There is a staggering amount of paint on Porto's walls. Its presence started at least 500 years ago with the Azulejo, the painted tiles that are present on countless building facades throughout Portugal. The mosaics and grids of patterned color are found on everything from interior foyers in modest apartment buildings to huge walls on the sides of grand cathedrals. They can be simple, individual tiles above a doorway, or ornate scenes with religious significance that rival some of the most complex paintings from the Renaissance era.
One of my favorite parts about living in Richmond was the public support of street art. I loved walking through the town and watching artists from around the world and Richmond itself, including some friends, transform aging city walls into objects of beauty. Every day was a new layer. During the projects, I first saw Pixel Pancho's fallen Captain America appear in Shockoe Bottom as the artist painted from a lift in the late afternoon sun on my walk home down Main Street. It was complete in just a few days. After many months ivy crept up over his face and throat, so that nature became part of art, and vice versa.
There has been a lot of debate back home about where to draw the line between art and blight. My old friend Berk got into a pretty heated disagreement with the Norfolk City leadership for a while in the aughts about just that subject. In a few short years, attitudes in Virginia have evolved dramatically, to the point that even Norfolk is supporting street art as "public art," at least in a limited capacity.
There isn't much apparent effort here to cover or remove the paint that appears on walls, fences, old telephone booths, and stairs. There is so much subjectivity involved in determining what is art and what is degradation that most of it is allowed to remain untouched, from the childish scrawl of "FUCK FIFA" on a ledge (apparently someone was a sore loser in the World Cup...) to masterpieces such as this:
We had been walking down a dirt road alongside the river from a high hill surrounded by infinite walls of bright purple morning glories. We wanted to get to the edge of the city walls near the water so that we could cross a foot bridge over into Gaia. Occasional scrappy stray dogs and cats crossed our path, and Shane discouraged me from trying to make friends with them. My internal voyeur was fascinated by our ability to peer down the hillside into families' backyards and gardens, and I imagined what lives were led under the tin roofs draped with wires and suspended shirts, pillowcases, underwear and nightgowns. The people aired their secrets to dry in the summer sun.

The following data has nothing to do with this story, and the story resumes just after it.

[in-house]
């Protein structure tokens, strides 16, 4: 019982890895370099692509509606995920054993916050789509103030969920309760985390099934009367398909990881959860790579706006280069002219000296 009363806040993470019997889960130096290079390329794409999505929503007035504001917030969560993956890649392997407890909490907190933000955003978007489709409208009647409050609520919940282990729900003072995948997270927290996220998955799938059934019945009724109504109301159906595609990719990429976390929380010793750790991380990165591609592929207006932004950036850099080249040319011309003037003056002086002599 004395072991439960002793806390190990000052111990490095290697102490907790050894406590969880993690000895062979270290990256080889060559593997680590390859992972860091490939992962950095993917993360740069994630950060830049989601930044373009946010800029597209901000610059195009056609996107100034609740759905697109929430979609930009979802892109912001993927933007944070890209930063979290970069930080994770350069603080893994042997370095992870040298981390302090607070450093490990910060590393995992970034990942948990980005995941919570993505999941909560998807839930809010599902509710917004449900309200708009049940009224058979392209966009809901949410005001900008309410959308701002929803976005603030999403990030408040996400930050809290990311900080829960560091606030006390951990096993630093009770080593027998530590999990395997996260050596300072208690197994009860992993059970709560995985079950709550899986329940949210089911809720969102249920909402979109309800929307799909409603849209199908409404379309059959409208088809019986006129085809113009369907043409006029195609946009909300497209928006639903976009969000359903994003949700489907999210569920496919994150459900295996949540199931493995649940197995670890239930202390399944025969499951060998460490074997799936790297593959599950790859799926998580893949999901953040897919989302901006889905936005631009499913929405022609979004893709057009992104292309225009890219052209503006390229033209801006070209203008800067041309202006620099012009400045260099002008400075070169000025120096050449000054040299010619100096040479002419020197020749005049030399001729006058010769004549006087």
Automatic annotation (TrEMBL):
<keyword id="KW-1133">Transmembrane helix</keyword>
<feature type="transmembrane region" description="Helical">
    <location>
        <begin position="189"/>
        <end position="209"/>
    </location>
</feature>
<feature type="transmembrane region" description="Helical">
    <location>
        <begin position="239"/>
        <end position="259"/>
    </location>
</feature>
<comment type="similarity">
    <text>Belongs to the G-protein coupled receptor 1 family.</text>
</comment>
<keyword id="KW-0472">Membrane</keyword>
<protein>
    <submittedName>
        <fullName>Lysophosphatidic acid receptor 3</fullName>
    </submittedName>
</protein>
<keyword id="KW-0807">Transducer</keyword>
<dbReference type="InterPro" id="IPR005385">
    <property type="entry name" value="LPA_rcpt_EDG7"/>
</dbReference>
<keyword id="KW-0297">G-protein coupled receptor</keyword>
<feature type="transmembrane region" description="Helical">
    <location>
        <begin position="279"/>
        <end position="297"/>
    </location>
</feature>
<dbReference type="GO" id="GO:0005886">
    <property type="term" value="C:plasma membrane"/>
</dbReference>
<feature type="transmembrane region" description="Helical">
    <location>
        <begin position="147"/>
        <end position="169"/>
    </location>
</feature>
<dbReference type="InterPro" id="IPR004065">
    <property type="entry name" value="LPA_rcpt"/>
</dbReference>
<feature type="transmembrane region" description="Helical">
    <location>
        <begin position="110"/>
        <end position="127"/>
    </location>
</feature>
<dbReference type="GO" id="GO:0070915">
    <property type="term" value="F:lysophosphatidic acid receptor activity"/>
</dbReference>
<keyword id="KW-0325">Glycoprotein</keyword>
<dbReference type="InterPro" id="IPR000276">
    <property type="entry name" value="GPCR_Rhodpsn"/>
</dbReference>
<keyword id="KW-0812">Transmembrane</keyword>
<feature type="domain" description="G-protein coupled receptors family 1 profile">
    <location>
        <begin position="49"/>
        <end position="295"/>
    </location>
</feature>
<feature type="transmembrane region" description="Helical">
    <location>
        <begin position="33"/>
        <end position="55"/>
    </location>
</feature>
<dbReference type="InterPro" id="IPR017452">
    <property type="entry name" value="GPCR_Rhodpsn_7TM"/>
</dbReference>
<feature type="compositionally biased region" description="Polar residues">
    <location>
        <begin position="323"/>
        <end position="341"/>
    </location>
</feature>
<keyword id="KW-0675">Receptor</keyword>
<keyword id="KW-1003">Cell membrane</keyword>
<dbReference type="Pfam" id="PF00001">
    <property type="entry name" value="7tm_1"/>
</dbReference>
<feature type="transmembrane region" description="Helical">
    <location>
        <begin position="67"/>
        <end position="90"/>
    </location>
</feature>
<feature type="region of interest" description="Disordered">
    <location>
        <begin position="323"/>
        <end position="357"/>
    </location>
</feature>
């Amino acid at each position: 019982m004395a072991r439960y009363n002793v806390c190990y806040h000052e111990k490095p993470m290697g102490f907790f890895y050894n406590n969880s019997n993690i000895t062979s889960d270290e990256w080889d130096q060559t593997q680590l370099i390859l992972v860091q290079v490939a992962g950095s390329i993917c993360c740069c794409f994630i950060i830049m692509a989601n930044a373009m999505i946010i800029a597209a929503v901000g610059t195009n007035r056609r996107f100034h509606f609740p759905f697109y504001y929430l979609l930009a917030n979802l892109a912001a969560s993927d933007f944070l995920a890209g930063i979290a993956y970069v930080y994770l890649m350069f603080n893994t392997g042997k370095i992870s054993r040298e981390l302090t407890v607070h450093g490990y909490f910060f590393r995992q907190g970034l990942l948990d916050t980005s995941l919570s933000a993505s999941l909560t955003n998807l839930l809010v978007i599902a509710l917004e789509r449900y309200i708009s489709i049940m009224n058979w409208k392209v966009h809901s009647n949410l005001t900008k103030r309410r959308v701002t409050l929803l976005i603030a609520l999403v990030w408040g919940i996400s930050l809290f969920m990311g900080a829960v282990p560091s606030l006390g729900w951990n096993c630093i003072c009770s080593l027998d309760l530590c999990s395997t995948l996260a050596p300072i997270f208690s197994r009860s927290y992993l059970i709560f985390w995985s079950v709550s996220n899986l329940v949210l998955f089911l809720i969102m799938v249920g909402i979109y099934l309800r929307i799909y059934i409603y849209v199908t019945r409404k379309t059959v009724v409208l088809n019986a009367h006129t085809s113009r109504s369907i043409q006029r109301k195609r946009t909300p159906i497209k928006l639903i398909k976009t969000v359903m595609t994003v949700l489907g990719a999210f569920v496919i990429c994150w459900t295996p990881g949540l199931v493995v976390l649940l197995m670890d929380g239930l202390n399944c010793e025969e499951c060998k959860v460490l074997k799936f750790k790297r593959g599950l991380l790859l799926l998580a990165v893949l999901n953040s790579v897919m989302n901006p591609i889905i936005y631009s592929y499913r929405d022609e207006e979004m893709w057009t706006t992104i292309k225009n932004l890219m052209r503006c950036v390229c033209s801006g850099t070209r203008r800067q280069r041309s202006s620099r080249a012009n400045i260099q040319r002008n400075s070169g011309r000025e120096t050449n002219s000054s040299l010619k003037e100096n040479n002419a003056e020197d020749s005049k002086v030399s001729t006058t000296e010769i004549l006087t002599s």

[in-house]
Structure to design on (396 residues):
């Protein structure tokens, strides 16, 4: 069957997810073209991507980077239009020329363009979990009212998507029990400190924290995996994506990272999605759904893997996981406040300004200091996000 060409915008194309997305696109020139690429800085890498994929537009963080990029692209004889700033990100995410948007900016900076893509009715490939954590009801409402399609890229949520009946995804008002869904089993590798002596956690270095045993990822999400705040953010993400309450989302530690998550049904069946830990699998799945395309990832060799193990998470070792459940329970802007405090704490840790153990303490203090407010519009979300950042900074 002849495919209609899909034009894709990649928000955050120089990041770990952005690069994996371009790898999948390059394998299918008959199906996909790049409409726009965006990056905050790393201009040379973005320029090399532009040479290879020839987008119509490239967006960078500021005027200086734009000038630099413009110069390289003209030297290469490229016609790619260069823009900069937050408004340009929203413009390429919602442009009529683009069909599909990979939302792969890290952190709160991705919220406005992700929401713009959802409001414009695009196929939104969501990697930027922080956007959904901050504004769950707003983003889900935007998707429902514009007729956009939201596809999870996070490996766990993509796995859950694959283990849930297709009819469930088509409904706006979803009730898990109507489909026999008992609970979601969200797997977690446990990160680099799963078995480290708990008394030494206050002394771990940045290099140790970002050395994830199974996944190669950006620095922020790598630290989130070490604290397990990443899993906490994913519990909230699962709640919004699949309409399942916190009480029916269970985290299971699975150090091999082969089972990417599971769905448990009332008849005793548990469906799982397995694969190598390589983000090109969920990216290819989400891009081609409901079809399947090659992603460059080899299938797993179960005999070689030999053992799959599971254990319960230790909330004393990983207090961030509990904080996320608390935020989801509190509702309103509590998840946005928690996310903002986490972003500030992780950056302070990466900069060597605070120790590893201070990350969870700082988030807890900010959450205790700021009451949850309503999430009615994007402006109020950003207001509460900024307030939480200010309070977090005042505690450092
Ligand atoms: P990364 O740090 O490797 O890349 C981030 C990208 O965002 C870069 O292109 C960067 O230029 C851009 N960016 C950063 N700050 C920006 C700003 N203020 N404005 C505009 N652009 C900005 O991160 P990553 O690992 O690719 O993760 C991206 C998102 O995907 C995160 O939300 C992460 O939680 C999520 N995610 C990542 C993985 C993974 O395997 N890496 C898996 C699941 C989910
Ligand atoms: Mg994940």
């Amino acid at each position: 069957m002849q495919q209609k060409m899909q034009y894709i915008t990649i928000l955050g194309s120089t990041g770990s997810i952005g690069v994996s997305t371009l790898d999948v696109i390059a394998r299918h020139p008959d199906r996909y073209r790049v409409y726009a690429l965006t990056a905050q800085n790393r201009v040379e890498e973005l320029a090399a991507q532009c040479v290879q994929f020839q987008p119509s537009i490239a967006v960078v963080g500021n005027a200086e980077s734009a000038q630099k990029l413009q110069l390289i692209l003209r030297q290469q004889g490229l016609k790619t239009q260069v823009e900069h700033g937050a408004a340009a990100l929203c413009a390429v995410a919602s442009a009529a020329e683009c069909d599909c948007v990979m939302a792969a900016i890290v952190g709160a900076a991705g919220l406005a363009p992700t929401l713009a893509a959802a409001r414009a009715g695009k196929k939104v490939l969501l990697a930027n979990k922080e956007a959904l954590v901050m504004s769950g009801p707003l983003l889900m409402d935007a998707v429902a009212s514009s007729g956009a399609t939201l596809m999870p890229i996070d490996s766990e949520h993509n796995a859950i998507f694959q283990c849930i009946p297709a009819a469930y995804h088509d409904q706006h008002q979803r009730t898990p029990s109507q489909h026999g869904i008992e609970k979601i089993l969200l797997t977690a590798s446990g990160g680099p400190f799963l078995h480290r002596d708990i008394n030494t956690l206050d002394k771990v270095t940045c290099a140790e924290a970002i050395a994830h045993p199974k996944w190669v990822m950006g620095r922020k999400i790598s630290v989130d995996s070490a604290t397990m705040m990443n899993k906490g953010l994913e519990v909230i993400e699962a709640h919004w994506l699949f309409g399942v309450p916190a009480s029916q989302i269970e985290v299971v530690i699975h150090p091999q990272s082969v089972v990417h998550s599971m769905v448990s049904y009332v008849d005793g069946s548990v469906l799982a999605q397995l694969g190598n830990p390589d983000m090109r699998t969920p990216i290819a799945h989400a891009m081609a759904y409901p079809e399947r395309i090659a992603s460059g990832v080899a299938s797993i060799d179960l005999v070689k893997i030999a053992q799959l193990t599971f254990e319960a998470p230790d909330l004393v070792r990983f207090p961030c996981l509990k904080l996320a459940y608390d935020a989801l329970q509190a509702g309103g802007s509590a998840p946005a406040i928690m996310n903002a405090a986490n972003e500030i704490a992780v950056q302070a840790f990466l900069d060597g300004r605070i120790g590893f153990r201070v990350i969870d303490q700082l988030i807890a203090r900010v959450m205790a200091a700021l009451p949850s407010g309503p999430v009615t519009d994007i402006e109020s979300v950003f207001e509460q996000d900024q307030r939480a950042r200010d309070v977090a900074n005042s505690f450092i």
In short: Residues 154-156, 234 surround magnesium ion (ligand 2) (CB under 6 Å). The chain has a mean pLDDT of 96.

I was immersed in the scenery and my own daydreams when we came across that mural. It was about 7 feet high, and on the side of some kind of ramshackle outbuilding. It rendered me breathless. I felt like I was being warned - those lives I watched as though I was a theater patron were real lives, with real people, and real secrets they wanted to keep. The simple image kicked me in the gut.
I wondered why that place was chosen for that picture - did the artist live nearby, under rusted metal and among the scattered corn plots? Did he know about the Americans who would wander through his world on some July day and objectify the local lives in a way that only outsiders can?
None of the other pieces I have seen have had as much of an impact, but I love finding the gems, both hidden and open, and capturing what I can. I wonder if the Portuguese have a more open attitude to "unauthorized" public art because of the centuries of walls being used as templates for painted decoration and expression, or if this tolerance is a recent evolution like what I have witnessed at home.
Hazul is an artist who has matured from a young kid who snuck around tagging in alleys to someone with legitimacy and renown. According to a 2012 article, much of his work is still unauthorized. (Thank you, Google Translate.) His style is unmmistakable and his work is everywhere in this town.
I haven't been able to figure out who all of the artists are, even with the help of an informal index. Here are a few pieces across the spectrum that have caught my eye - more to come as the journey continues, I am sure.
"If we do not have equality for the poor, there is no peace for the rich."
words + pictures by Kara